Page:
Gothic II Gold
|Genres:||RPG / Classic Role-Playing|
|Release Date:||October 17, 2005|
Doubled in size and difficulty, this excellent add-on isn’t for the faint of heart.
In 2003 Pyranha Bytes pieced together a decent expansion pack for Gothic 2 called Night of The Raven, at first in its native German but then in English courtesy of the release of Gothic 2 Gold. Easily the best reason to pick this up is the fully translated NotR expansion pack, adding not only a new Aztec-themed island to explore but also numerous characters, quests and monsters to the original world of Khorinis. It goes without saying that Gothic II Gold takes much longer to complete and is considerably difficult, but is also superior to Gothic 2 in almost every way.
The story of NotR is neatly folded into the overall plot of Gothic 2. Arriving in Khorinis to face a new threat, you find things are strangely out of place. A shadowy feller with an eyepatch roams the land, bandits have taken over parts of the island and townspeople are mysteriously vanishing without a trace. The Water Mages, which you may remember from the first game, have some clue as to what’s going on but you’ll need to earn their trust before they can help. Your quest will ultimately take you on an expedition to an entirely unknown land of Jharkendar, a place once inhabited by an ancient civilization but which is now teeming with thugs, pirates and treasure hunters.
For those new to the series, gameplay is your typical role-playing stew with an added focus on non-linear adventures and broad dialog. Each advancement in level rewards players with 10 LP’s (Learning Points), which you can then allocate to your base attributes (Strenght, Dexterity, Magic) or learn any number of skills (eg: sneaking, lockpicking, skinning animals, brewing potions, double-handed swordplay, etc.). The only catch is finding the person with the right know-how to teach you his or her trade.
Jharkendar, the isolated Aztec-themed world mentioned above, has most of the new content native to Gothic 2 Gold. You’ll have a chance to enter Jharkendar as early as Chapter 1, just after completing several initiation quests from the Water Mages. The order of your actions will be completely up to you – wrapping things up in Jharkendar means smooth sailing in the Valley of Mines and viceversa. The quests unlocking Jharkendar involve interacting with many new characters. Although there are no level restrictions, you will need a strong character just to finish the initial quests given by Vatras concerning the missing people (you’ll have to wipe out a bandit camp in that quest).
As you play you’ll doubtless notice the difficulty has been beefed up quite a lot. This was done to appease fans who cried over Gothic 2 being too easy, but it seems a bit much, and you’ll need to put in some extra thought when creating your character. A mage specialized in double-handed combat? Better not. Because Gothic 2 Gold is more punishing to stat misalocation, specifically when raising stats and proficiencies toward higher levels, you’re better off building specialized classes. Difficulty has been upped in numerous other ways as well – enemies have more HP’s, Dragons regenerate health faster, skills and attributes cost more to raise, your items nab less gold and stat-boosting elixirs are notably weaker.
In exchange, numerous items and weapons have been added while old equipment had their damage doubled. Some of the most powerful swords do 200 Damage but have equally insane Strength or Dexterity requirements, often equal to their damage output. What’s worse is the way LP requirements double for each allocated point over a certain threshold (eg: 5 Strength points cost 10 LP’s instead of the usual 5 after you hit 30 Strength). This means that getting to 120 Str doesn’t cost 120 LP’s (or 12 Levels), but 300 LP’s (30 Levels). As such, raising your attributes beyond a certain limit just isn’t feasible.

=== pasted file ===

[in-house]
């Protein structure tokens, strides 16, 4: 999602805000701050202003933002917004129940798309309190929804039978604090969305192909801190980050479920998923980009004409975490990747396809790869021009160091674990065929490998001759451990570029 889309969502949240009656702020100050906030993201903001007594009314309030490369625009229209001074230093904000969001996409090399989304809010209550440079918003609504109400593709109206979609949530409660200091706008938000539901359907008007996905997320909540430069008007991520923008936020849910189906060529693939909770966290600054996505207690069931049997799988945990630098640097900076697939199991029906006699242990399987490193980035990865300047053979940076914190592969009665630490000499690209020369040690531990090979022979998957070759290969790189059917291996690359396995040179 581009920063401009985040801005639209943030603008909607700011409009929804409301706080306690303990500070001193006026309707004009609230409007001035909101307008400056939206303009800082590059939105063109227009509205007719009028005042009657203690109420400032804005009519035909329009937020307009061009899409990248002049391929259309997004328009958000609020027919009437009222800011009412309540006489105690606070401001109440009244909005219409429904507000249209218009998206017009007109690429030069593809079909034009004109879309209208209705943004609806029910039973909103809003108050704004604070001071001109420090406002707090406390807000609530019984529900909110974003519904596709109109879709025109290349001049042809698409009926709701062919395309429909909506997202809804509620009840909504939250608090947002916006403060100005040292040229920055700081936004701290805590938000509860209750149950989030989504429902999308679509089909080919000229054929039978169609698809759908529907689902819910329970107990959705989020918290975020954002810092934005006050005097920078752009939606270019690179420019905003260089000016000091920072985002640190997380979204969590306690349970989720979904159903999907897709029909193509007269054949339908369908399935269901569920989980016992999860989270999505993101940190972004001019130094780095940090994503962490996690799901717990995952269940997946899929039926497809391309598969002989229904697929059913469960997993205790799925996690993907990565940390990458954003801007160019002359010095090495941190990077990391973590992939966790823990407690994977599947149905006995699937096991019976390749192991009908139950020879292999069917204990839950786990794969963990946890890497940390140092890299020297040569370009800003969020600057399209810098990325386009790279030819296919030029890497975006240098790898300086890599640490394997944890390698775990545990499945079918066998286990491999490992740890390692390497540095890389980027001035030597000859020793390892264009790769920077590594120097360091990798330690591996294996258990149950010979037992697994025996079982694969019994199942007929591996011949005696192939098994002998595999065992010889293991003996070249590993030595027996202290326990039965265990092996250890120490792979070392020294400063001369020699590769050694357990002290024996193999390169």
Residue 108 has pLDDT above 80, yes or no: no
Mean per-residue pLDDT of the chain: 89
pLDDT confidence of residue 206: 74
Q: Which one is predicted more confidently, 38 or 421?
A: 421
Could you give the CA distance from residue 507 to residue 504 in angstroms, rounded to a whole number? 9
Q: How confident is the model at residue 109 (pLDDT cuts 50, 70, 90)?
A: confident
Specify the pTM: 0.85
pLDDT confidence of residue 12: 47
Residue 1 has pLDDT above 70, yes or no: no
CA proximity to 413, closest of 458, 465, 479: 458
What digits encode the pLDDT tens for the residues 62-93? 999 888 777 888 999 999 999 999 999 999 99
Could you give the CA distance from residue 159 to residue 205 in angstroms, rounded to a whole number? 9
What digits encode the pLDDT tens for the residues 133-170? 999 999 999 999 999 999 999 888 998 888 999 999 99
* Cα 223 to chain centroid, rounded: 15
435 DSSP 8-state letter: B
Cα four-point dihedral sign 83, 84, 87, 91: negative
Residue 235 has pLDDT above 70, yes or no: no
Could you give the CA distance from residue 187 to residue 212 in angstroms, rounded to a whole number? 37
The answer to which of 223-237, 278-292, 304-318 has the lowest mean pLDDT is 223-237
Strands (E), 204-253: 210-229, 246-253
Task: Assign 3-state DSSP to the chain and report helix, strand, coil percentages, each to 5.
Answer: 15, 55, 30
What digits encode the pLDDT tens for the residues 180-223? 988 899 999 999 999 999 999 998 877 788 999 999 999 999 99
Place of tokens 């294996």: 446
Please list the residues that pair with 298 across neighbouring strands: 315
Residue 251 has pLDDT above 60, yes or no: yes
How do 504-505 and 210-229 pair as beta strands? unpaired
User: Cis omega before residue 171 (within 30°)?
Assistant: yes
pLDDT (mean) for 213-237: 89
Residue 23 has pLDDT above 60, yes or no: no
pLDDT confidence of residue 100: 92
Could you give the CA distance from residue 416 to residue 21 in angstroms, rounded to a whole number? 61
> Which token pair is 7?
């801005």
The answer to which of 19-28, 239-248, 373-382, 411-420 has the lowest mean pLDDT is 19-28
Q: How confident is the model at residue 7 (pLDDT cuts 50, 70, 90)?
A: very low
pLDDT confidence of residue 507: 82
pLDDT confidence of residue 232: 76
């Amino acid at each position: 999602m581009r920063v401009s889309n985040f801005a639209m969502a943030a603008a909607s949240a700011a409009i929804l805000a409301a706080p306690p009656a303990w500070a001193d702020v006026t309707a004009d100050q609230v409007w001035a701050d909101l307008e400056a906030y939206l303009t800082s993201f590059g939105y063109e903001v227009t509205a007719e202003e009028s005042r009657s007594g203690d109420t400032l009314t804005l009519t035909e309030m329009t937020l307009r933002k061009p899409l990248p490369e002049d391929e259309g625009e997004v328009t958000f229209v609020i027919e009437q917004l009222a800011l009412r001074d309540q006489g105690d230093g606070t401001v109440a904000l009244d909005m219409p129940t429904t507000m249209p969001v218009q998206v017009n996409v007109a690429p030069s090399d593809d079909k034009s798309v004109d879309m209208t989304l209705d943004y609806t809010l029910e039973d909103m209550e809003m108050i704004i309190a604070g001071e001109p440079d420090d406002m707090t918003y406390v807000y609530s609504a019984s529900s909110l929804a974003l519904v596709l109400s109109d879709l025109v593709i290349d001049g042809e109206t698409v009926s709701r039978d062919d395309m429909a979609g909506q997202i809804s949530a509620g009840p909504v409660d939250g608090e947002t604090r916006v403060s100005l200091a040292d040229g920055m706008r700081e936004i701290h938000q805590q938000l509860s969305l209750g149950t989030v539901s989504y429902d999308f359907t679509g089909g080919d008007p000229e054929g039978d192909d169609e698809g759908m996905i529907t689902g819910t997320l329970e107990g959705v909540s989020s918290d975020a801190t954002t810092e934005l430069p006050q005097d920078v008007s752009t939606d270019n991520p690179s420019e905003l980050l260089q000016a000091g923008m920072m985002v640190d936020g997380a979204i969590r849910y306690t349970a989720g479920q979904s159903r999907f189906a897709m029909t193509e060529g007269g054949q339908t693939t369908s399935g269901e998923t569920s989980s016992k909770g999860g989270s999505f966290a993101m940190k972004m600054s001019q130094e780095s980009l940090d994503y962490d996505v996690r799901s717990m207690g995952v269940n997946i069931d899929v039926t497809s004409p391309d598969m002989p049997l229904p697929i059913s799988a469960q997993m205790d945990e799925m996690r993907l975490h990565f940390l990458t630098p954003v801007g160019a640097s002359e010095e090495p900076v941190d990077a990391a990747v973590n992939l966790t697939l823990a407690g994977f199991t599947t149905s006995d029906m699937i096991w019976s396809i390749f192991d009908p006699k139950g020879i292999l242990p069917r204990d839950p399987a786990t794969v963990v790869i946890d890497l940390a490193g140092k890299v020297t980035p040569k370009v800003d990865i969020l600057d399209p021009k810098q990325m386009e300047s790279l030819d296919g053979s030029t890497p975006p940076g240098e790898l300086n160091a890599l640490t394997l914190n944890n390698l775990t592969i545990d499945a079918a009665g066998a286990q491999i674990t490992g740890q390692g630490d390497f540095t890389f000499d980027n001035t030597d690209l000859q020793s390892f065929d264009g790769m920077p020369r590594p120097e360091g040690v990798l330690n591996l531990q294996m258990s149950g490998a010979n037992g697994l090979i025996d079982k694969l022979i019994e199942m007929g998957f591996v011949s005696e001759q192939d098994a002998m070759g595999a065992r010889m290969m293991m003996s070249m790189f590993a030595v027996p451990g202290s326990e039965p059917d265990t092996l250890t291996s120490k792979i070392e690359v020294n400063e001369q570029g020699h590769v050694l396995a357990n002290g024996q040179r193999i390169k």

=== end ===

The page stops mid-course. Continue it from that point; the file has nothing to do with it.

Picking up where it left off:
To counter this yet again, NotR throws in a few extra boosters to aid stat-building. Ancient stone tablets can increase every one of your attributes and combat skills once you can find and read them. Rings, belts and swords are all equal opportunity stat-boosters while elixirs increase your stats permanently, even if by a smaller margin.
Unfortunately, it’s not all roses and sunshine. Every Gothic game needs some level of undeserved tedium and this one has plenty. Bugs and random crashes sometimes occur, including a few aggravating bugs that block quest progression should you choose the wrong dialogue order. In my last playthrough, I completely froze my main quest because I unwittingly spoke to NPC’s in an unintended order, removing an essential dialogue option needed to advance the game into Chapter 4. This is unacceptable. Combining the original quests with the new addon world undeniably made Gothic 2 Gold more bug-ridden than its classic (Hint – use multiple save slots and rotate often). Other issues have yet to be fixed, like the lousy combat controls and a spotty quest journal that neglects to mark anything on your map. Some mods and patches can at least fix the quest progression bugs.
Regardless, NotR ia a rewarding RPG when it works (it mostly does). Arm yourself with patience to counter its awkward combat system and occasionally punishing difficulty as well as the aforementioned quest bugs. Rotate your save slots and keep in mind that you’re in for an incredibly massive adventure.
System Requirements: Pentium III 700 Mhz, 256 MB RAM, 32 MB Video, Win 98/ME/XP
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